Simple everyday activities can be demanding if your body is not properly conditioned. You might also get injured if you’re not careful enough or if you have poor posture. Thankfully, you can prevent these issues by doing functional training.
Functional fitness can make you stronger, healthier, and more agile. In this blog, we’ll talk about the basics of functional training, as well as seven exercise routines you can try at home.
What is Functional Training?
Functional exercises focus on routines that can help you perform daily activities better. It uses movements you commonly do at home, work, or school, such as reaching, squatting, and lifting heavy objects. This way, your body can take on day-to-day tasks with little to no strain.
Instead of focusing on specific muscle groups like bodybuilding or strength training, these practical exercises train multiple muscle groups in one go. These exercises are more for function over form. The routines also emphasize core strength and stability, which is helpful for a variety of everyday tasks. By using your entire body in workouts, you can make the most out of your functional training.
Functional exercises are also practical since you can do them whether you’re at home or the gym. Regular household items can replace exercise equipment. For example, if you don’t have dumbbells, you can use water jugs instead.
What are the Benefits of Functional Training?
Improve Bodily Functions for Daily Activities
Functional training works your entire body so that you can do your day-to-day activities more easily. With stronger arm muscles, carrying heavy objects like groceries or gallons of water won’t be much of a problem. This full-body workout also lets you clean your house or your yard more efficiently.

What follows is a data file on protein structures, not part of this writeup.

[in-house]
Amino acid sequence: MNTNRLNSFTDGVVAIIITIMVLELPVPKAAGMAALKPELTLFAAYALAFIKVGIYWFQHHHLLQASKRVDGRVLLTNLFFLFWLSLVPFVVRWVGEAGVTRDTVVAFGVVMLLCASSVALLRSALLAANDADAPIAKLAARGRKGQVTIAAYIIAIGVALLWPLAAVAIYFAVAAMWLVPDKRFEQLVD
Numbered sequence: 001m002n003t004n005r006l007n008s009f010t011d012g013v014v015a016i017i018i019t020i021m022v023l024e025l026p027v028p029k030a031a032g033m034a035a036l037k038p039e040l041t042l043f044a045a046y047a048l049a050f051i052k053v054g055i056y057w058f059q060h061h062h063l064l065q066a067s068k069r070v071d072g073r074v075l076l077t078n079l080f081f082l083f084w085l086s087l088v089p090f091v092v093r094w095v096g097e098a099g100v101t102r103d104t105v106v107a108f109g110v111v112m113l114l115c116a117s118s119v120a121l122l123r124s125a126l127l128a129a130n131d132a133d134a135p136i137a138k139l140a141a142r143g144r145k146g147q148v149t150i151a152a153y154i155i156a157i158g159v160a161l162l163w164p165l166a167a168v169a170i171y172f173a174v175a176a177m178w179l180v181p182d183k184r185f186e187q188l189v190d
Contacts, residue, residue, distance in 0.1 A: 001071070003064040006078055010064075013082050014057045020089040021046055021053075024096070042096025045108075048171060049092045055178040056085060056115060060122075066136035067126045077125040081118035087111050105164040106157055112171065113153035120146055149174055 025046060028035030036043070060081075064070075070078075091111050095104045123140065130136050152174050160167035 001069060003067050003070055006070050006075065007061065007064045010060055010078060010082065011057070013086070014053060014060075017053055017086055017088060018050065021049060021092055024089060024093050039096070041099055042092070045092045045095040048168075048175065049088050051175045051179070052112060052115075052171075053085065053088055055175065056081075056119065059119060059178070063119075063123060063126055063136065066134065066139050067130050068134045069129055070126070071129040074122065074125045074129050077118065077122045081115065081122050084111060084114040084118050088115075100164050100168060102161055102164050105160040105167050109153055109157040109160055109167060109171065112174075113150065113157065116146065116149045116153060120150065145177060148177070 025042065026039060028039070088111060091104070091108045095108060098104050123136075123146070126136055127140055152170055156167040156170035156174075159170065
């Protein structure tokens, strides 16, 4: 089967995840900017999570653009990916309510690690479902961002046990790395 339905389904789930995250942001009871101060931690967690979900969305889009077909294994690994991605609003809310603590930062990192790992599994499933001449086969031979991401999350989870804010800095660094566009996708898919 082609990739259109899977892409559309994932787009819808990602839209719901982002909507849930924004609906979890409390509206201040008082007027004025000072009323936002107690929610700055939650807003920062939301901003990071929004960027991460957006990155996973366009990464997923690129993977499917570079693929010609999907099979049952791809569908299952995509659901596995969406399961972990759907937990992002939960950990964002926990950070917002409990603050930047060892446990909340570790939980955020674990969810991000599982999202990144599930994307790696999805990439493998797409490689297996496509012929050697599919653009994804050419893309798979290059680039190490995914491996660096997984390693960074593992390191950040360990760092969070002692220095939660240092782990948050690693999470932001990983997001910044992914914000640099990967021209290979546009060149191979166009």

Reduce Risk of Falls and Injuries
Some household tasks can hurt and cause injuries if you’re not prepared or in bad shape. For instance, you can easily slip from a ladder if you have poor balance. With functional fitness, you can work your muscles and joints to be more agile, balanced, and flexible so you can prevent household injuries.
Achieve a Better Quality of Life
Functional fitness is not all about its positive effects on your body. By doing functional exercises regularly, you can improve your overall well-being as you stay fit. After all, exercise is key to staying fit and healthy.
Functional Fitness Workouts to Try at Home
Interested in functional fitness but don’t know where to begin? Here are seven different workouts that you can do at home.
Squats are a great functional exercise since you often do them for simple tasks like sitting and carrying groceries. To do this, stand with your feet wide apart and arms straight on the side. Push your hips back and bend your knees like you’re sitting while engaging your core. Make sure to keep your knees in place and your chest straight. Pause when your thighs are parallel to the floor. Then, push yourself up using your foot and return to your starting position.